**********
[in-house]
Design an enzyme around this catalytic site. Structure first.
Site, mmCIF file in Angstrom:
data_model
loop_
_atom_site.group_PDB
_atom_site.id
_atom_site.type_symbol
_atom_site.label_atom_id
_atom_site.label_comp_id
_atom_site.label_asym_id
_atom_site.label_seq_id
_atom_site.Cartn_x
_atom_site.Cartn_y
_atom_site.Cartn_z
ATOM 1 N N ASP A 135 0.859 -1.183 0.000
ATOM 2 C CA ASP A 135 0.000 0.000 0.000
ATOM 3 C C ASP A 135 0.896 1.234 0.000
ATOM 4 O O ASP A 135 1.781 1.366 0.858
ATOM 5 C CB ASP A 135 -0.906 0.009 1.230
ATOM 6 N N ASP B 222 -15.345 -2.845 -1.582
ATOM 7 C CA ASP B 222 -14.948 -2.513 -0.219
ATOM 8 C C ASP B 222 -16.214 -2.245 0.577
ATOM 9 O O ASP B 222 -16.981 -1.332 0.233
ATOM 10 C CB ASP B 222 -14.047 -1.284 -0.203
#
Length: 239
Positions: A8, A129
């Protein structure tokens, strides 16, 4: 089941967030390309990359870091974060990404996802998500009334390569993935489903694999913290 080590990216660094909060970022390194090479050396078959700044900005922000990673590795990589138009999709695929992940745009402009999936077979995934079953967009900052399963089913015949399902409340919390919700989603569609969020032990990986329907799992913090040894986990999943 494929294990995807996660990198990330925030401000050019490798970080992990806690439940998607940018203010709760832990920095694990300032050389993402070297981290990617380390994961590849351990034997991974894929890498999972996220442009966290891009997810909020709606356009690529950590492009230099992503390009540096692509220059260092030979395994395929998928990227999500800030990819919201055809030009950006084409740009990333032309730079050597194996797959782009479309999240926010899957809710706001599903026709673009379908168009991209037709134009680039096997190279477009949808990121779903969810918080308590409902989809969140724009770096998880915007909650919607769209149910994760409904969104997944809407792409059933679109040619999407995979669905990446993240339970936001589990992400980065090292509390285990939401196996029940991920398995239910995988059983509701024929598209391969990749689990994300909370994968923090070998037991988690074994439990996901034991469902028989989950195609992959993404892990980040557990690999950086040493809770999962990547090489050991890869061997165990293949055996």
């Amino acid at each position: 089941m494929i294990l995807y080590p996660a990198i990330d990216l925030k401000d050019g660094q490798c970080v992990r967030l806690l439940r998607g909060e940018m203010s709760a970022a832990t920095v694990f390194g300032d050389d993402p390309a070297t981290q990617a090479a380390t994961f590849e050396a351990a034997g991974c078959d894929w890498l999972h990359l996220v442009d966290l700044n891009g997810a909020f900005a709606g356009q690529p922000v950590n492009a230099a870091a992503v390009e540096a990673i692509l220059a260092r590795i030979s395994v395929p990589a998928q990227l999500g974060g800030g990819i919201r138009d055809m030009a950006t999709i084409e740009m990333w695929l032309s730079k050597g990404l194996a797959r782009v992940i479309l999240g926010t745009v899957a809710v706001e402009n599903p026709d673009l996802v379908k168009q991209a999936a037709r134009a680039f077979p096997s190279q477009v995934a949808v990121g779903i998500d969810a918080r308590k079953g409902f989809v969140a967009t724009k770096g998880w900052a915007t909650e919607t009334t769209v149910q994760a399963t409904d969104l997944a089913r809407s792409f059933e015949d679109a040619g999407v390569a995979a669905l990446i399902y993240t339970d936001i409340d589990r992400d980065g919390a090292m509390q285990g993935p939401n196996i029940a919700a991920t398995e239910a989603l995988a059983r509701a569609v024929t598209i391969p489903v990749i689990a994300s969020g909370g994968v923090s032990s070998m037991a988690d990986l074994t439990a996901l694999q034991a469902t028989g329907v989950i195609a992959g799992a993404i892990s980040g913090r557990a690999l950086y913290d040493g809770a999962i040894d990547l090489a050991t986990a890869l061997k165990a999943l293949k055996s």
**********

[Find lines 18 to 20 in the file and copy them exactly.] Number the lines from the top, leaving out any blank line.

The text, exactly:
ATOM 3 C C ASP A 135 0.896 1.234 0.000
ATOM 4 O O ASP A 135 1.781 1.366 0.858
ATOM 5 C CB ASP A 135 -0.906 0.009 1.230